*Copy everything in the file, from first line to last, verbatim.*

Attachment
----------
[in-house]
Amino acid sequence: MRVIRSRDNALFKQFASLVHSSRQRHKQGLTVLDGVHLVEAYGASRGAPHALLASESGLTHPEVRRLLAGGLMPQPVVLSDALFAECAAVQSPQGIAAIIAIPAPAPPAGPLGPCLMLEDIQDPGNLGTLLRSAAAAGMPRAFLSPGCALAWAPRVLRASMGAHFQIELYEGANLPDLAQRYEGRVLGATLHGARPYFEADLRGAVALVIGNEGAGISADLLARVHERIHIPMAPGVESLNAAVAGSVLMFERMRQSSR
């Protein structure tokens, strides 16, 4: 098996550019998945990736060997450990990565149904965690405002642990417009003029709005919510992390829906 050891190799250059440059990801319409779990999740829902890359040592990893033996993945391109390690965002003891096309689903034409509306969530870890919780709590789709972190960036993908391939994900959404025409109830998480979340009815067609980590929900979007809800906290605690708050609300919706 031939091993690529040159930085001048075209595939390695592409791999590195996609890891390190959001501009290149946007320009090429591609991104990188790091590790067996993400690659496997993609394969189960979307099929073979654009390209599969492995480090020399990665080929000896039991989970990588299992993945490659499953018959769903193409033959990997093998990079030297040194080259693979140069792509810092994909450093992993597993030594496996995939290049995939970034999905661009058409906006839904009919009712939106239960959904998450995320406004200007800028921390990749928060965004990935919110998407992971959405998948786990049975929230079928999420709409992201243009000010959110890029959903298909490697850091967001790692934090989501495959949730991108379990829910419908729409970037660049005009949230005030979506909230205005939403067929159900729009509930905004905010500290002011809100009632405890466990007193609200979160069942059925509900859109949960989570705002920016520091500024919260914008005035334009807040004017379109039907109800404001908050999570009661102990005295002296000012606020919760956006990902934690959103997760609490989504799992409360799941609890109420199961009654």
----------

[in-house]
Amino acid sequence: MRVIRSRDNALFKQFASLVHSSRQRHKQGLTVLDGVHLVEAYGASRGAPHALLASESGLTHPEVRRLLAGGLMPQPVVLSDALFAECAAVQSPQGIAAIIAIPAPAPPAGPLGPCLMLEDIQDPGNLGTLLRSAAAAGMPRAFLSPGCALAWAPRVLRASMGAHFQIELYEGANLPDLAQRYEGRVLGATLHGARPYFEADLRGAVALVIGNEGAGISADLLARVHERIHIPMAPGVESLNAAVAGSVLMFERMRQSSR
């Protein structure tokens, strides 16, 4: 098996550019998945990736060997450990990565149904965690405002642990417009003029709005919510992390829906 050891190799250059440059990801319409779990999740829902890359040592990893033996993945391109390690965002003891096309689903034409509306969530870890919780709590789709972190960036993908391939994900959404025409109830998480979340009815067609980590929900979007809800906290605690708050609300919706 031939091993690529040159930085001048075209595939390695592409791999590195996609890891390190959001501009290149946007320009090429591609991104990188790091590790067996993400690659496997993609394969189960979307099929073979654009390209599969492995480090020399990665080929000896039991989970990588299992993945490659499953018959769903193409033959990997093998990079030297040194080259693979140069792509810092994909450093992993597993030594496996995939290049995939970034999905661009058409906006839904009919009712939106239960959904998450995320406004200007800028921390990749928060965004990935919110998407992971959405998948786990049975929230079928999420709409992201243009000010959110890029959903298909490697850091967001790692934090989501495959949730991108379990829910419908729409970037660049005009949230005030979506909230205005939403067929159900729009509930905004905010500290002011809100009632405890466990007193609200979160069942059925509900859109949960989570705002920016520091500024919260914008005035334009807040004017379109039907109800404001908050999570009661102990005295002296000012606020919760956006990902934690959103997760609490989504799992409360799941609890109420199961009654």